Judge Lincoln Goodwin serves as justice of the peace for Harris County Justice Court Precinct 4, Place 1, and has held the position of presiding judge for all Harris County justices of the peace for three years. Before becoming a justice of the peace, he practiced law for 20 years and earned recognition as a 2013 Texas Super Lawyer in Texas Monthly magazine and a 2013 and 2014 Top Lawyer in Houstonia magazine.
Below Judge Goodwin answers some of the most commonly asked questions.
What do most people not know about justice courts?
People are usually surprised to hear that we handle so much more than traffic cases. We hear drug and alcohol cases, assaults, truancy cases, and other juvenile crimes.
We handle civil lawsuits and a lot of landlord/tenant cases including evictions. We take these cases very seriously because we’re dealing with some of the most important things in life.
We hear civil cases for any claim under $20,000, so a lot of times, people represent themselves. We make sure they understand that the process is fair and that the system of justice works well for everyone. Jurisdictional amount effective September 1, 2020.
What are some other important functions of a justice of the peace?
Really, the most important thing, aside from our regular functions, is giving people confidence in their justice system. People have reasonable questions about the process. Is it fair? Was I heard and respected? That’s my goal for everyone who comes through our justice system — that people come and get their voices heard. Even if they don’t get the results they want, they leave knowing the process is fair.
It’s estimated that 90% of people in the community will have some form of interaction with the justice court. This is why justice courts are so important. Someone’s entire experience with the justice system may come from the justice court.
What’s something most people don’t know about your court?
My court is one of the largest courts in the United States as far as cases filed goes. Our court staff is extremely efficient. About 140,000 cases are filed in our court per year.
How are you able to handle such a high caseload?
Nearly all filings are now paperless. We’ve made it where folks can hand in their case and be in and out in 20 minutes. We’ve greatly expanded our online capabilities. We’re also customer-service oriented, friendly, and helpful. We cross-train, so if one area of the court is slower, some folks will go and assist.
How has the justice system improved since you’ve been in office?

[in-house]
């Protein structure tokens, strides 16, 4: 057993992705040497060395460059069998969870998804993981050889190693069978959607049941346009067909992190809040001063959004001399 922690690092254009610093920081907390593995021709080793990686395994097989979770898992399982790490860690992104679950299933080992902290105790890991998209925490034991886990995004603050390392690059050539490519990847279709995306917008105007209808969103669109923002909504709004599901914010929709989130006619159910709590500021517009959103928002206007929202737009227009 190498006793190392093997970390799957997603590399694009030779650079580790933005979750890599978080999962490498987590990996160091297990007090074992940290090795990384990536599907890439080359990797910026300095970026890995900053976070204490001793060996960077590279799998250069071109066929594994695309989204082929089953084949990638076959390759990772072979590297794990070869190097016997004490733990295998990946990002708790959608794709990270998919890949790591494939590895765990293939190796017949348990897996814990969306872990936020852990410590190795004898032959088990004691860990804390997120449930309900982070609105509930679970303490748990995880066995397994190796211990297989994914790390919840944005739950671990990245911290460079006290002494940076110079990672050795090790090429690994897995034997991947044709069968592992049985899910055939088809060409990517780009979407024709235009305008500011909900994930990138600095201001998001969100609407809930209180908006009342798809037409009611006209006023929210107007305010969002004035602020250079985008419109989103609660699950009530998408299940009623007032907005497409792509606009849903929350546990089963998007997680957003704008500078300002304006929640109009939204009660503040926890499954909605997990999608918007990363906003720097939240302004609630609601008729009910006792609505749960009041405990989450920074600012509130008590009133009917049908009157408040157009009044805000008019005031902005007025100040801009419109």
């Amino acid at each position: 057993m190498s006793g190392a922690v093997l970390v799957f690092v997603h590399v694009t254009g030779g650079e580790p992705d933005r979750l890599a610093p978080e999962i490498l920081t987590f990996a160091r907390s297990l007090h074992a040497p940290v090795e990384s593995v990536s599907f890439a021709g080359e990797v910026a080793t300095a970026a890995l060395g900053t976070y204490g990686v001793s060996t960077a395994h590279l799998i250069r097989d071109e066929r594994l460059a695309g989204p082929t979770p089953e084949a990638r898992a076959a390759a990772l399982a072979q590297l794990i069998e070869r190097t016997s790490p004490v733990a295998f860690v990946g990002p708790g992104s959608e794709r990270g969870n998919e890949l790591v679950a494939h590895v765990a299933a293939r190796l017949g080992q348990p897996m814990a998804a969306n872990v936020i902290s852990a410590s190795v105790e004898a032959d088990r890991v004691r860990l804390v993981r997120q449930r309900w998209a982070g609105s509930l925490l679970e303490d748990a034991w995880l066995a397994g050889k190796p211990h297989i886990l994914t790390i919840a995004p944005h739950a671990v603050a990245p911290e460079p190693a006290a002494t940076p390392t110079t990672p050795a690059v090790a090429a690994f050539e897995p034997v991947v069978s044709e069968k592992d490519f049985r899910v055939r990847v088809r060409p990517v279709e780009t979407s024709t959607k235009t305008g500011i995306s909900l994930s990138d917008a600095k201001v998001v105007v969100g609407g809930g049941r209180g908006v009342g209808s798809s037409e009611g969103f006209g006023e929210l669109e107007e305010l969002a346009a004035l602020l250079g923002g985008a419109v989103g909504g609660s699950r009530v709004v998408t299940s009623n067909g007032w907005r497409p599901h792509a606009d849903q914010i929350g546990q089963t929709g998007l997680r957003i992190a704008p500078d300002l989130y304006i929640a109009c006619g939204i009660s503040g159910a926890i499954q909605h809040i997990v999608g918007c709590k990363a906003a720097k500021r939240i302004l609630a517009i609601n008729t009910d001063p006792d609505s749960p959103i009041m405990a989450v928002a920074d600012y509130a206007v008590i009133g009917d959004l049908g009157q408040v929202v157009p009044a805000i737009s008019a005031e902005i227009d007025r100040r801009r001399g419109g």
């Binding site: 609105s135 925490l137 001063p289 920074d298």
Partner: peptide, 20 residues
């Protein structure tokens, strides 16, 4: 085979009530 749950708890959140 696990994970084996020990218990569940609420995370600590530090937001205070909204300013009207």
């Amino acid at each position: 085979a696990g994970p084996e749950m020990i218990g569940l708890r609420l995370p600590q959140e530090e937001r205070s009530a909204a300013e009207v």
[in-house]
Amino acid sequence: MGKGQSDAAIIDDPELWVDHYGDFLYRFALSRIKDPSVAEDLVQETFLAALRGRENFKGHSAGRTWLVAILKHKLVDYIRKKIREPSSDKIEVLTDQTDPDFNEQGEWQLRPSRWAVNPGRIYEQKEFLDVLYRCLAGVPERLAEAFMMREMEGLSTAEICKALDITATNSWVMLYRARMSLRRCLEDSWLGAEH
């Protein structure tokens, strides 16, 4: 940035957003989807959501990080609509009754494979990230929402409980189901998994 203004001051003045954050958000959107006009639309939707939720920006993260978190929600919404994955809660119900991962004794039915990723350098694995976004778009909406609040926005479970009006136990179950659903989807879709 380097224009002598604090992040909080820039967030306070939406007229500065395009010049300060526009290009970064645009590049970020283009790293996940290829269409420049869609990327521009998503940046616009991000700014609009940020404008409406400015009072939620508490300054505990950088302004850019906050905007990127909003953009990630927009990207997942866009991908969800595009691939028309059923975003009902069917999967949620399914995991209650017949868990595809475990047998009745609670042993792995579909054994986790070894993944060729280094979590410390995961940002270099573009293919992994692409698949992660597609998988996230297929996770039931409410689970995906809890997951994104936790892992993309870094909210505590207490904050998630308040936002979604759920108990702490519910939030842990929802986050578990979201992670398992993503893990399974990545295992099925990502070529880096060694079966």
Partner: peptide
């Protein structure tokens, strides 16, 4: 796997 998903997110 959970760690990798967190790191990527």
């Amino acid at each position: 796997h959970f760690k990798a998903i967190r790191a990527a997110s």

We’re always looking for ways to innovate and improve. In the next several months, we’re looking into online mediation for civil cases. People may be able to resolve their disputes online without even having to come to court.
This aligns with our three core values. One, we value people. Two, we build trust. And three, we improve continually.
How different is each justice court?
There are 16 justice courts in Harris County, and all are very different.
Justices of the peace are judges, but they are also individual department heads. Justices set their court’s priorities, make hiring decisions, and establish the court and office culture.
Can I use any courthouse in Harris County?
For traffic citations, you need to visit one of the courthouses in the precinct where you received the citation.
Civil lawsuits need to be filed in the same precinct as the property under dispute or where the damage took place.
What areas does your court cover?
There are eight justice of the peace/constable precincts, and each one has two justices of the peace and one constable. Justice of the Peace Precinct 4 covers most of the same area as Commissioner Precinct 4, plus portions of Precincts 1, 2, and 3. Approximately 70% of our precinct aligns with the jurisdiction of the Precinct 4 Commissioner.
My particular court covers a large geographic area. Justice of the Peace Precinct 4 extends from Waller to Atascocita and includes everything in between — Hockley, Cypress, Tomball, Houston, Klein, Spring, Kingwood, and Humble.
What do you enjoy most about your job?
I enjoy really helping young people turn their lives around and navigate toward a successful life, especially those who are just starting to make some bad decisions.
When a young person first comes to court, our first goal is to determine what the issue is. Sometimes they are hanging out with the wrong people, using illegal substances, or they just need some personal discipline. Other times we uncover a learning disability, abuse, or a mental health issue.
None of these things excuse criminal behavior, and there are consequences for sure. But ultimately, our goal is to get a young person to make good decisions and on track toward having a successful life. This may include participation in various programs, ordering perfect attendance and conduct in school, and connecting them with mentors.
Those are the hardest and most satisfying cases. When I see a young person who has turned a corner and can finally see a path in life for themselves, I really feel we’ve done something positive for that person and for the community.